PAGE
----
Protecting Your Family From Wildfire Smoke
As wildfires continue to rage throughout Northern California, much of the Bay Area remains blanketed in smoke and the ensuing unhealthy air quality. While changes in wind and weather can bring a temporary reprieve to some areas, it’s an unfortunate reality that the region could face the challenge of poor air for months to come as we head into wildfire season in a state plagued by drought. Parents already frazzled by the coronavirus pandemic and school shutdowns now face the added stress of keeping their kids shuttered indoors to avoid the smoky air.
While children are more at risk of complications from wildfire smoke, there are steps you can take to protect your family, says Mary Prunicki, M.D., Ph.D., director of air pollution and health research at the Sean N. Parker Center for Allergy Research at Stanford University and Lucile Packard Children's Hospital.
“Try not to go out,” Prunicki says, “but if you have to go out, come in and take a shower and stay in well-purified air if you can.”
In addition to people with chronic respiratory and cardiac problems, “we know that the very young and very old are more susceptible to wildfire smoke,” as are pregnant women, says Prunicki, a mother of three children whom she has been keeping mostly indoors.
“Even within an hour of someone inhaling wildfire smoke, you can see increases in ambulance calls for respiratory and cardiac issues. At two days of exposure (depending on the levels), you see increases in ER visits and hospitalizations for asthma exacerbation, chronic COPD (chronic obstructive pulmonary disease) and acute bronchitis.” Pregnant women may give birth early or to babies with decreased birth weight.
In addition to the acute effects, researchers are finding long-term effects, such as increased flu rates in communities that have been exposed to wildfire smoke – a particular concern with COVID-19, which has higher incidences in areas with air pollution, Prunicki says.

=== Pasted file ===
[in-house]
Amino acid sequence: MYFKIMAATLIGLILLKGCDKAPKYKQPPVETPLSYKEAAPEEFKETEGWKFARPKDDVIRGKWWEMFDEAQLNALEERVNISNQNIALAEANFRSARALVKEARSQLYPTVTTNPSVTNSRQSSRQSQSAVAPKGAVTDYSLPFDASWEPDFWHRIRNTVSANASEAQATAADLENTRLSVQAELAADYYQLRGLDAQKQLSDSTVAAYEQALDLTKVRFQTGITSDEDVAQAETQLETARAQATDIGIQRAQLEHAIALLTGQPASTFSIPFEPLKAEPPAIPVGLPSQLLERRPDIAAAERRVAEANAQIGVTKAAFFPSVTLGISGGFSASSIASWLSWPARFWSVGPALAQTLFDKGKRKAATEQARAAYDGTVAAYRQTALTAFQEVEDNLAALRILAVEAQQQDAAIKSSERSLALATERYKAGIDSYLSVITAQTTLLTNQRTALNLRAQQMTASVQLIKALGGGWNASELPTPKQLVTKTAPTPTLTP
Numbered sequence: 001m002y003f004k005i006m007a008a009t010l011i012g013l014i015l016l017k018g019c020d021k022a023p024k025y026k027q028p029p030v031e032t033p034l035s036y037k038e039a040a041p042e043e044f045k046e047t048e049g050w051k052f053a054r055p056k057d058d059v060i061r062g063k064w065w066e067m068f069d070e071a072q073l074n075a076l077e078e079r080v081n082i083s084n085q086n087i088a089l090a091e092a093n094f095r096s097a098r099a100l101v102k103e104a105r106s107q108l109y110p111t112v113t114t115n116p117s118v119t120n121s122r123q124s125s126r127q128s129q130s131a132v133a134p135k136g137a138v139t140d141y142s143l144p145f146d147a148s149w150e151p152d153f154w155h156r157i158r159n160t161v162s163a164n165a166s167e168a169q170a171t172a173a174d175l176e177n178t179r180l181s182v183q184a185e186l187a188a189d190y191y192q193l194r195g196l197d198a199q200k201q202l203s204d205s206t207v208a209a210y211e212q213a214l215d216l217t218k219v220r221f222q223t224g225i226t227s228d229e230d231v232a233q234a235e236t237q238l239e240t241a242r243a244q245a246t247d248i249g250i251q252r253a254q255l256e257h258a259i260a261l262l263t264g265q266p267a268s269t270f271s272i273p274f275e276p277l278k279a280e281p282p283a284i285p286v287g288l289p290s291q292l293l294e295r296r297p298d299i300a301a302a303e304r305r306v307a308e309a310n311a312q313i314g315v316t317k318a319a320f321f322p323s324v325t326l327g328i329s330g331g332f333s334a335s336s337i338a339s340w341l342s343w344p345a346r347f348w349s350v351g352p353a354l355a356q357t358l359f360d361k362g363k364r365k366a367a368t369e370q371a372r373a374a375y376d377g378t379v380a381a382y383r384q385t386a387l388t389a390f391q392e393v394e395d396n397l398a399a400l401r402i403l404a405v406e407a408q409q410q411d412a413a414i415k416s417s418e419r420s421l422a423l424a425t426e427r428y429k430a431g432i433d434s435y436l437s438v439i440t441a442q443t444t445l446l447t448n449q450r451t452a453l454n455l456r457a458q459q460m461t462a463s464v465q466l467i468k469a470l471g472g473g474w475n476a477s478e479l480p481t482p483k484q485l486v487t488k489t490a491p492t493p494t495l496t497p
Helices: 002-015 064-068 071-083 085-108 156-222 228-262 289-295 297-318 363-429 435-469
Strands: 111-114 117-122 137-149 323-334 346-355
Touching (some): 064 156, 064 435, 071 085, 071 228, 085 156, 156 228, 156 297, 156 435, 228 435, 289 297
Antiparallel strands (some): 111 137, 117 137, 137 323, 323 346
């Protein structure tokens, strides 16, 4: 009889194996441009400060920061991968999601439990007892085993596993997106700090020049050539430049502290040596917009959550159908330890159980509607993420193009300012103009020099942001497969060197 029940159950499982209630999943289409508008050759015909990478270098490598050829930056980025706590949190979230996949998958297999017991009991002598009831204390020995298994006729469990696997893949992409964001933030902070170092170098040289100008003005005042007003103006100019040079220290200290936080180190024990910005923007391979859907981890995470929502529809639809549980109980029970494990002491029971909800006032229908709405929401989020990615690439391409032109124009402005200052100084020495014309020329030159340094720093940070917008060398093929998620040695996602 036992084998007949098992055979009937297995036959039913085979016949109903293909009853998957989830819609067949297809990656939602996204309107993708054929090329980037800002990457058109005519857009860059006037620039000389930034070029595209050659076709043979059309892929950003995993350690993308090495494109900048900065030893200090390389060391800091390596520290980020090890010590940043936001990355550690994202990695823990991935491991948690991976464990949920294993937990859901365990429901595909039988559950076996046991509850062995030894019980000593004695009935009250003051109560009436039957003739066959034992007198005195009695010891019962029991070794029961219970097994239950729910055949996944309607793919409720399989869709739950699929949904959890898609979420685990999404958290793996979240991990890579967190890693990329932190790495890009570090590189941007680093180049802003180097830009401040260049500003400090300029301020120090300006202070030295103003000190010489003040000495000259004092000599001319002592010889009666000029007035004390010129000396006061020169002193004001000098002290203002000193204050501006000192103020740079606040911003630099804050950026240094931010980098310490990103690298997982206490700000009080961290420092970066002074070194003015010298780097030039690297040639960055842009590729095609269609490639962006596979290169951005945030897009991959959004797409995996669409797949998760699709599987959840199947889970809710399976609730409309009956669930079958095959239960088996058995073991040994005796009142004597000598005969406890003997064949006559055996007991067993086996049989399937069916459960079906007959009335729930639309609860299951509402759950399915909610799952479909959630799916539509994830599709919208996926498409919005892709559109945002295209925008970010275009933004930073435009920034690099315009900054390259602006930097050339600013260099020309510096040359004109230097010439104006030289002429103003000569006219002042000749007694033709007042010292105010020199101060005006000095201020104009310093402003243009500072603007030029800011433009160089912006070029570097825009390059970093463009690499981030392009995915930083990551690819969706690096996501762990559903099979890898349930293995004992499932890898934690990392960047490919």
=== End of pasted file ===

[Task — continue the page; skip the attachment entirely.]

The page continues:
“We know that PM 2.5 (the fine particulate matter in wildfire smoke) causes the immune system to be dysregulated and not work as well,” she says. “My expectation is that COVID rates are going to increase after these horrible wildfires, and we’re just getting into the season.”
More mild symptoms include burning eyes and throats, as well as a cough. While symptoms can be treated with antihistamines, the best approach is to avoid the smoke as much as possible, Prunicki says.
Outdoor Air Quality
She suggests people visit AirNow to check their outdoor air quality but adds that crowd-sourced sites including PurpleAir and IQAir can provide helpful information if you don’t live close to an official monitoring station.
Prunicki says she would avoid outdoor activity even during moderate air quality “but some people don’t have the luxury. And people have been talking about the mental health balance. Sometimes at night it does seem like when the sun goes down, the air quality improves. You could put on a mask and go for a short walk for your own mental health.”
“If there’s any concern that you’re one of the people in sensitive groups, really follow the (Air Quality Index) guidelines,” she says. “If you’re out and it says it’s OK to be out, and you’re experiencing symptoms, come in.”
While a cloth mask can’t fully protect you from wildfire smoke, Prunicki says there is some research showing it filters out about 50 percent of particles, with surgical masks providing more protection and N95 masks providing the most – though they have been in short supply and needed by medical professionals dealing with COVID-19.
Indoor Air Quality
Especially if you live in an older home without airtight windows or don’t have central air conditioning, Prunicki recommends purchasing an air purifier. The California Air Resources Board offers advice for consumers as well as a list of certified air cleaning devices.
It is also possible to make your own device from a box fan and filter, which can be useful for those who can’t purchase an air filter, she says. There are lots of DIY videos on YouTube, like this one.
In addition, Prunicki recommends considering creating a “clean room” in your home to keep smoke out and clean air in. The Environmental Protection Agency has some guidelines.
“For parents with small children, try to keep them in such a room and sleep in a room like that,” she says.
COVID or Smoke?
Complicating matters is that some of the symptoms of smoke exposure – shortness of breath, cough, headache – are also symptoms of COVID. How can parents tell the difference?
“I don’t think you really can at home. The recommendation is to consult your physician,” Prunicki says. “If you get indoors in good air quality and the symptoms seem relieved or go away, that’s a good sign.”
Janine DeFao is an associate editor at Bay Area Parent.